Aug 062003
Authors: Shandra Jordan

Three Paralympic athletes filed a lawsuit July 28 against the United States Olympic Committee alleging discriminatory practices under the Americans with Disabilities Act and the Rehabilitation Act.

Paralympians Scot Hollonbeck, of Atlanta, Tony Iniguez, of Aurora, Ill., and Jacob Heilveil of Bothell, Wash., claim in the lawsuit that the USOC violates federal law by providing benefits to Olympic athletes that they deny to Paralympic athletes, according to a press release from the three.

Included in the lawsuit is a breach of contract claim by Vie Sports Marketing, which Hollonbeck founded in 2001. He claims the USOC didn’t compensate Vie for work he did marketing the Paralympic team.

The USOC is still studying the complaint and does not have an official response to the lawsuit yet.

They issued a statement regarding Paralympic support on July 28 in which they outline monetary and other support given to Paralympians and deny having violated the Rehabilitation Act or the Americans with Disabilities Act.

“There is no such discrimination on the basis of disability at the United States Olympic Committee,” said Jeff Benz, the general counsel for USOC.

Benz said the USOC provides benefits to all athletes – including Paralympians – such as training centers, sports science medicine and coaching, testing education and coaching, brand development and marketing, legal advice, administrative services and money to travel to the games.

Benz said with limited resources, there are necessarily differences in what each group receives.

“(The Paralympic program) is a separate program. It is not the same as the Olympic program,” Benz said. “We do not provide the same benefits. Are we required to by law? We don’t think we are. We necessarily must make decisions about how we allocate a limited pool of resources.”

Hollonbeck’s claims that USOC refused to compensate Vie for work they did and blocked access to other sponsors is also denied in the statement.

“By this action the USOC destroyed significant opportunities to increase Paralympic funding and breached its contract with Vie sports,” Hollonbeck said in the release.

The USOC paid Vie $400,000 and then elected not to continue its relationship with the company, according to the statement.

Benz said the Paralympics have, for the first time in 2002, signed a major sponsor, The Hartford, and more sponsors are expected.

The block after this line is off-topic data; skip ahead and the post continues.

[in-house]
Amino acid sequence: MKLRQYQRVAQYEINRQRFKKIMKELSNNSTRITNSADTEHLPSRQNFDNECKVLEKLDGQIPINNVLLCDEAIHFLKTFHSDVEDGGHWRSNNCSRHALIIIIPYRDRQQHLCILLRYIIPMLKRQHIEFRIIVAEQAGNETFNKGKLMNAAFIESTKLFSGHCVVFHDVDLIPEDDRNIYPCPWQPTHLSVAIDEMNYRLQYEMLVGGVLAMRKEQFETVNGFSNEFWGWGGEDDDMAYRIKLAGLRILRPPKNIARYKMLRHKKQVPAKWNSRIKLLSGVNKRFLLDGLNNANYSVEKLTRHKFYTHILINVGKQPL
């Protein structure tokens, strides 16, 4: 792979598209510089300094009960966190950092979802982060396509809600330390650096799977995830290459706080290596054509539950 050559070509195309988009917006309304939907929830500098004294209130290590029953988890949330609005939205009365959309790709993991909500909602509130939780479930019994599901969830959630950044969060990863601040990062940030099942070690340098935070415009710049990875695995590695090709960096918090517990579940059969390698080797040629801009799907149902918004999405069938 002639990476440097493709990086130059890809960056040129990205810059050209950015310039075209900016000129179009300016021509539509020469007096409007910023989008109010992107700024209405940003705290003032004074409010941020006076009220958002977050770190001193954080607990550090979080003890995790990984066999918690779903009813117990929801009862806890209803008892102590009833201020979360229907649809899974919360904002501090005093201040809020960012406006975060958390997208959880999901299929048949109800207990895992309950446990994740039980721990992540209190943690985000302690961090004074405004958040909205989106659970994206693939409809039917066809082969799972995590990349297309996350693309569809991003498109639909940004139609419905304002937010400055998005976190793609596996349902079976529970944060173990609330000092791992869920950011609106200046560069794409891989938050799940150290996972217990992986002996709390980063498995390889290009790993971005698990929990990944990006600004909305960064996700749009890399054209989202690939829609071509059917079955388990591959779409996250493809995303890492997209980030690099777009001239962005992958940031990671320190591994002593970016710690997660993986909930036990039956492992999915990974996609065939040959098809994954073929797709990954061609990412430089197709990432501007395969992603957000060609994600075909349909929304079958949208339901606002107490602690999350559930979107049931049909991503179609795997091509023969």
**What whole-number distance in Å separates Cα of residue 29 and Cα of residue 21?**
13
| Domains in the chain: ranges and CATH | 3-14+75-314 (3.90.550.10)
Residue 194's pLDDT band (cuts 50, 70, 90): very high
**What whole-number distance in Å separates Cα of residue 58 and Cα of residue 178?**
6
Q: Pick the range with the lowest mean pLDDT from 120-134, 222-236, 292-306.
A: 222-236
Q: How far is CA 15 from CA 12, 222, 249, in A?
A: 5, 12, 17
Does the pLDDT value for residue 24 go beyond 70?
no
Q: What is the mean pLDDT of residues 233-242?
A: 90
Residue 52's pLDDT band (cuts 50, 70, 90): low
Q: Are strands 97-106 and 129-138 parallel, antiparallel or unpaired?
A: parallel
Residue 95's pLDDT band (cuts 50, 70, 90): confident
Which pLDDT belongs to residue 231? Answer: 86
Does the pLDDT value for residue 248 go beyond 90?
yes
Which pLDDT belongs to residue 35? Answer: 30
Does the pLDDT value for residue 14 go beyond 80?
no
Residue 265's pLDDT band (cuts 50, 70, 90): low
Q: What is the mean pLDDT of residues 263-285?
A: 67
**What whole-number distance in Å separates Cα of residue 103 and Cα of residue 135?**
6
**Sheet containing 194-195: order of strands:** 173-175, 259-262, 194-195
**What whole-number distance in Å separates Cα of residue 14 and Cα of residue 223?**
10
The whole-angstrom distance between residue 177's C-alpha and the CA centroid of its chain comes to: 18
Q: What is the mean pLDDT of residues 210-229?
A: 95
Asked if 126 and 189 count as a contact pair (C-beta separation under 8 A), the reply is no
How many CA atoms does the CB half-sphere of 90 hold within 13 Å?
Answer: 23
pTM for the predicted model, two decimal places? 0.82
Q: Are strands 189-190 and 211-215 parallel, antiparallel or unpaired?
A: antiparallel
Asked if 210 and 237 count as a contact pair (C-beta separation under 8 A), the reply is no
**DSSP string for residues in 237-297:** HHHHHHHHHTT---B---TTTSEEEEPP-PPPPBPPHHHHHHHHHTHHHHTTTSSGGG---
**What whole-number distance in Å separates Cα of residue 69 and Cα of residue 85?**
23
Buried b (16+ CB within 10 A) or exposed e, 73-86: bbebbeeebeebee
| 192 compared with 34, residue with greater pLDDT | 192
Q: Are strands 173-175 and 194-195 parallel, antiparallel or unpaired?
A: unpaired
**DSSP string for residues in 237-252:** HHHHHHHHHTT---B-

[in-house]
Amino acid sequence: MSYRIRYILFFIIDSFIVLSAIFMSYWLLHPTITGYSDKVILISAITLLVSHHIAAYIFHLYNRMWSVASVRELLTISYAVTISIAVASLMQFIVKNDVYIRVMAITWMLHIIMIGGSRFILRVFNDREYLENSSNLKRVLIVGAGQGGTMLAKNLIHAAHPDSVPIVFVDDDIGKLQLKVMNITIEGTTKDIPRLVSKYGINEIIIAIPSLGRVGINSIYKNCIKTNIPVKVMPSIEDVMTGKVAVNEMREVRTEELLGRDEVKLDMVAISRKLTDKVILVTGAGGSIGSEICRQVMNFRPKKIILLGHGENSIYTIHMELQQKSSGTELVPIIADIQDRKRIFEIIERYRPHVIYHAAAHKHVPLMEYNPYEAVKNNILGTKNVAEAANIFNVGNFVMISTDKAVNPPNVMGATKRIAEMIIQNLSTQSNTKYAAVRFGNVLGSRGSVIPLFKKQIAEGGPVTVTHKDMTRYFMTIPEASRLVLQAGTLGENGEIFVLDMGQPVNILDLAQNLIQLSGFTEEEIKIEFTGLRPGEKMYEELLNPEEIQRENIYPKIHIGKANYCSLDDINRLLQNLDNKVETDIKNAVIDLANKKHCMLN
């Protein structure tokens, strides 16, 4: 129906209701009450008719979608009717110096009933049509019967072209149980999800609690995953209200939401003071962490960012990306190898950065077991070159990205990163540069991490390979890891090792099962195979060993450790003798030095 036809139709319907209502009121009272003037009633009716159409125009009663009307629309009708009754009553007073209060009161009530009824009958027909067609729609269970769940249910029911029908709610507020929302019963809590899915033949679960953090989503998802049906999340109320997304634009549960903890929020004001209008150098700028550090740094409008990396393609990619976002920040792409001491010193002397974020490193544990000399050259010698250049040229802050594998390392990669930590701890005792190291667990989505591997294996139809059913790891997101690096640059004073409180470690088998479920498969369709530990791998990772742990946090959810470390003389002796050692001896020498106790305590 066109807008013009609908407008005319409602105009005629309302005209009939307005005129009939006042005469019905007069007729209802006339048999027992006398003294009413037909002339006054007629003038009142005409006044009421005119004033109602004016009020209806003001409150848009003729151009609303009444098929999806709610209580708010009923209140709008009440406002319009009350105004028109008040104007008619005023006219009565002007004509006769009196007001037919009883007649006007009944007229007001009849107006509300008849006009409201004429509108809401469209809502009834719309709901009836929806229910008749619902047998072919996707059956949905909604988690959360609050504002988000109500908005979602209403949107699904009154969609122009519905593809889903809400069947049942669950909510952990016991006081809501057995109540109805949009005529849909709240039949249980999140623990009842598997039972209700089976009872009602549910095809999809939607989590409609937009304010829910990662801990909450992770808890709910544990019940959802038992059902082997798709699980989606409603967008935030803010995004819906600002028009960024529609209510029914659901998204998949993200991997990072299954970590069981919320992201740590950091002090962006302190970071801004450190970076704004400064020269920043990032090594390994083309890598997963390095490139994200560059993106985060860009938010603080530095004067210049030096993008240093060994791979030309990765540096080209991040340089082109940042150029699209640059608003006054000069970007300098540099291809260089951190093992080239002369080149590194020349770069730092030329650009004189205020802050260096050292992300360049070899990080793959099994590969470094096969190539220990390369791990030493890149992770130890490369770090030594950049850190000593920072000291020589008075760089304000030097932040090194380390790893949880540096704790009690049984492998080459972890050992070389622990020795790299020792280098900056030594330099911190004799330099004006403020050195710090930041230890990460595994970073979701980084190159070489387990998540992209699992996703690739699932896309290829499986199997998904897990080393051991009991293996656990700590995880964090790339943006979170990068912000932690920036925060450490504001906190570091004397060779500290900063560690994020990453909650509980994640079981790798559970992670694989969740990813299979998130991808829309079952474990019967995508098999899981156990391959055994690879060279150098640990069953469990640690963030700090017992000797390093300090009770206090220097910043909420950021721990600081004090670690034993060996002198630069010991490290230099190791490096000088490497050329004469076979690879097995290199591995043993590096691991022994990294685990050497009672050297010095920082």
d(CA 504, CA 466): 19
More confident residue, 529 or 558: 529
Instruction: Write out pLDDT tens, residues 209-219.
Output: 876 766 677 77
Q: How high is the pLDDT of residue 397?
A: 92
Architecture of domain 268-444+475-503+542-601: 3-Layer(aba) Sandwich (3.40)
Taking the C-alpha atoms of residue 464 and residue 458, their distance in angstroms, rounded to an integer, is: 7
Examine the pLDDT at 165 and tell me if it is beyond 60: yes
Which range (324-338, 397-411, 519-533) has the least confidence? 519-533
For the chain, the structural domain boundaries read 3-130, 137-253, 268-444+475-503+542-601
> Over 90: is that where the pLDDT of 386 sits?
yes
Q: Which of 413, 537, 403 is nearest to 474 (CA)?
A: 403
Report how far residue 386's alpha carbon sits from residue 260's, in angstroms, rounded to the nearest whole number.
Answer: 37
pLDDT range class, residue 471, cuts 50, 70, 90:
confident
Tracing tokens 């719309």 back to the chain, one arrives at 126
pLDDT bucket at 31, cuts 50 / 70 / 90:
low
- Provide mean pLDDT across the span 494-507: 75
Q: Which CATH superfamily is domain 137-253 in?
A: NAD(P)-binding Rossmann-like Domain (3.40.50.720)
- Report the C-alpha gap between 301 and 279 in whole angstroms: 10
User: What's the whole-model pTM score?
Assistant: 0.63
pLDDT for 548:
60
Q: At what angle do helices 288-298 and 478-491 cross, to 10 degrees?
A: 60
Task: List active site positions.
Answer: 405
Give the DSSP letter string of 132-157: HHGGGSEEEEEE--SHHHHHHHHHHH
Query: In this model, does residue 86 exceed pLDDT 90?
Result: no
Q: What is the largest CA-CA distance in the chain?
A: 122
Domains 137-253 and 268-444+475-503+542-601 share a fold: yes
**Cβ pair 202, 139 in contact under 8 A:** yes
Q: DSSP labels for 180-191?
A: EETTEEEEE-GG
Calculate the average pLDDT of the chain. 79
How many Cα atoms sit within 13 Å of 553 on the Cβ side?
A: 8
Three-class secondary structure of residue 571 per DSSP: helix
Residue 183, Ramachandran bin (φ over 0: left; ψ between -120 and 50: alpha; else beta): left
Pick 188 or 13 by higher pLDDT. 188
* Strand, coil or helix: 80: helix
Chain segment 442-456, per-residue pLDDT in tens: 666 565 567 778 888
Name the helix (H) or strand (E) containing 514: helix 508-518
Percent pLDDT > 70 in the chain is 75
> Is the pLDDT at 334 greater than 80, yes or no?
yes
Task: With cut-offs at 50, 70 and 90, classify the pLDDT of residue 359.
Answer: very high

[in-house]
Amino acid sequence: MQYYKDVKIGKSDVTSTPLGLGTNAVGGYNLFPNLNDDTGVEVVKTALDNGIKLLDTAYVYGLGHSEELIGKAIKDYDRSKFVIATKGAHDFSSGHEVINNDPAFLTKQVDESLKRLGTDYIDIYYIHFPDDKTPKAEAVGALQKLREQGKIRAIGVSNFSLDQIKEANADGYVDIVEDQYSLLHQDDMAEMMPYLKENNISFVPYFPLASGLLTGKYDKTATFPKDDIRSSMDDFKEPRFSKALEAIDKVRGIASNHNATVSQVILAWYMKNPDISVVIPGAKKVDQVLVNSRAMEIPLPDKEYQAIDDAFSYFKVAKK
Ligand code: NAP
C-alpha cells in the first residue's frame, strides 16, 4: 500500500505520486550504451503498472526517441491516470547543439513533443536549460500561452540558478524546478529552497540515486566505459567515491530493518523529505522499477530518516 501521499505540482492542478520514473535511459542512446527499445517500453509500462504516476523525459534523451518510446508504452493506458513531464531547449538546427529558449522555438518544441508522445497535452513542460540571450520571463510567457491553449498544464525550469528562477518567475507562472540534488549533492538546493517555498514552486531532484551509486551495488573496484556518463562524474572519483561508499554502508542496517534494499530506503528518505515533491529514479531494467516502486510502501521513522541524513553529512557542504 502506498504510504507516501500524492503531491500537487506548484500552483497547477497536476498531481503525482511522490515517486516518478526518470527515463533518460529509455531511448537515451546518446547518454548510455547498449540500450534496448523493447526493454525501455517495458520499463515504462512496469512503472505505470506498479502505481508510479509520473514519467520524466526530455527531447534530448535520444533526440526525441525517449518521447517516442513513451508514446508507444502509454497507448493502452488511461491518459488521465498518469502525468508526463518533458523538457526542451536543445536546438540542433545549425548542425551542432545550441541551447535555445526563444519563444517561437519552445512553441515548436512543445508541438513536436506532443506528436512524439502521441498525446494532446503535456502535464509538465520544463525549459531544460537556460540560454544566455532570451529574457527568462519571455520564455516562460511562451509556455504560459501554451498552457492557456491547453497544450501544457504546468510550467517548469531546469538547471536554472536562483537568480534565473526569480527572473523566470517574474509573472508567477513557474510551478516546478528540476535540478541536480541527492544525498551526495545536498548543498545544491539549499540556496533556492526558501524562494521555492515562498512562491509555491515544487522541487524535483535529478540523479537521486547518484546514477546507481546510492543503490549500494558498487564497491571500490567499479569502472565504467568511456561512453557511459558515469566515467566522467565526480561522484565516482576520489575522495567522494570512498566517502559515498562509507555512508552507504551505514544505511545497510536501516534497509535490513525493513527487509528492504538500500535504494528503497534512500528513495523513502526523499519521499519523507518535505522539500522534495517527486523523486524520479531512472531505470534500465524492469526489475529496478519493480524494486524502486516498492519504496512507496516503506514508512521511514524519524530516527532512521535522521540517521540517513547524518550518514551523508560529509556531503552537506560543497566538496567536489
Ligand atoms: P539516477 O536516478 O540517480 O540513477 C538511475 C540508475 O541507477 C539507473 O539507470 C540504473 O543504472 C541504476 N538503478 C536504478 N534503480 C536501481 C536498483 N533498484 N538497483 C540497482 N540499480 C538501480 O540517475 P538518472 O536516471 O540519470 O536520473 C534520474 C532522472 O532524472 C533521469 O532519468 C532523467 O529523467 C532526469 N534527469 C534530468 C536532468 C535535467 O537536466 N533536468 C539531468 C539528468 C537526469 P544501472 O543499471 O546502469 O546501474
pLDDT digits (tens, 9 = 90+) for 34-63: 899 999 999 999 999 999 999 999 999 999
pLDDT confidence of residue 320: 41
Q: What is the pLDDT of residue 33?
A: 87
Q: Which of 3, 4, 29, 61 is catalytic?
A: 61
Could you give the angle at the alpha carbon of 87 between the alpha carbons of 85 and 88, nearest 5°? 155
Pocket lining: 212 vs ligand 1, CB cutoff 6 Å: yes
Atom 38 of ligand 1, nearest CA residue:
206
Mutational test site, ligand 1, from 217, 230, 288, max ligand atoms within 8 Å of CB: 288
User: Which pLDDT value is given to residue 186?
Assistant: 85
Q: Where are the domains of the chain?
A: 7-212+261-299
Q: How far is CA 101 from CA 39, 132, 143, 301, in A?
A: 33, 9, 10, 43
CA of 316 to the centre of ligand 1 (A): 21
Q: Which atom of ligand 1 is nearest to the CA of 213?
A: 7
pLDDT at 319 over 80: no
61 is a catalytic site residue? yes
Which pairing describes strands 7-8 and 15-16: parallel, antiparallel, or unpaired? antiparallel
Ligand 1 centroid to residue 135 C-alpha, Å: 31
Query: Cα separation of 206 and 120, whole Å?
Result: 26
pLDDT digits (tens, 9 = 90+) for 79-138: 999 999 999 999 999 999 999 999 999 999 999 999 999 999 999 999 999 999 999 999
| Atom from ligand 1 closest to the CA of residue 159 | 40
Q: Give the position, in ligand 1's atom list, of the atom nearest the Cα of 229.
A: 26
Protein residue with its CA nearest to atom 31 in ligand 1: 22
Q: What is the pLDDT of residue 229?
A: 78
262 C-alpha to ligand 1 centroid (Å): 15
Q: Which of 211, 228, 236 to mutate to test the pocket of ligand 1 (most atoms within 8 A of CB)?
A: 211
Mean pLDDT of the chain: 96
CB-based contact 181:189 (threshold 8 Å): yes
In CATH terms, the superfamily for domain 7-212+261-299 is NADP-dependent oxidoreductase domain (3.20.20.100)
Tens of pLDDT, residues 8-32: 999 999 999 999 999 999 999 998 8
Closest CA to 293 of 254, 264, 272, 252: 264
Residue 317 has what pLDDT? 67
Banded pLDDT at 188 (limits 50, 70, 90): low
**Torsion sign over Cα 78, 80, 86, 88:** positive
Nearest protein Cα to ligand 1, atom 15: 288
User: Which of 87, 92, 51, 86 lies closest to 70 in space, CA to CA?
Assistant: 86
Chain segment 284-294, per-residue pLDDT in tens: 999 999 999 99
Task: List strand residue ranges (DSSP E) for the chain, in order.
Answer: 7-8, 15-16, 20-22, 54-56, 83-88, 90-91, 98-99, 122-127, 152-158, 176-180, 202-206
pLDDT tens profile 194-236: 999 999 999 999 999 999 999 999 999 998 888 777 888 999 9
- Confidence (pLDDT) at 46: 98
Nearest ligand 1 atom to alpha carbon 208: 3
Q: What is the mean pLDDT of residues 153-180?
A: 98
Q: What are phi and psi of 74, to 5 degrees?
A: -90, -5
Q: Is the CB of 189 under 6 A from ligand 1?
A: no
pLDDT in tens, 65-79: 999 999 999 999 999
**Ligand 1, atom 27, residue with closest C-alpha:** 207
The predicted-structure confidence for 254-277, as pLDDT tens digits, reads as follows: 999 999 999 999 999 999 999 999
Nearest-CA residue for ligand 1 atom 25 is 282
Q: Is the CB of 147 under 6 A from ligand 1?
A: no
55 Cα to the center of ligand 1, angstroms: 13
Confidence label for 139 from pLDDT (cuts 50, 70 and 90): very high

The USOC was created by Congress to support the Olympic team. In the mid-90s they voluntarily became the Paralympic committee as well, Benz said.

“By law, the USOC was charged with developing and fielding the most competitive Paralympic team possible,” Benz said.

Benz and the statement both say that expenditures from the USOC on Paralympic athletes and the Paralympics have been growing substantially over the past several years, including performance-based funding for athletes and increased coverage of the games.

The lawsuit claims that one grievance is the limited amount of participation from Paralympians allowed in governance of USOC.

“We can not even sit on the board of our own National Paralympic Committee outside of a single, token disability seat, Iniguez said in the press release.

Benz said the governing council is currently in the process of reform, so the composition of the board will change substantially over the next several months.

Currently there is one dedicated seat on the 123-member board for a Paralympian and seven possible dedicated seats to representatives of disabled sports organizations, Benz said.

Benz also said there are other opportunities in which Paralympians participate including having representatives on the Athletes Advisory Council.

“They are being included and being allowed to participate in governance of the USOC,” Benz said.

The United States is the only country, Benz said, that has one organization for both the Paralympic and the Olympic teams.

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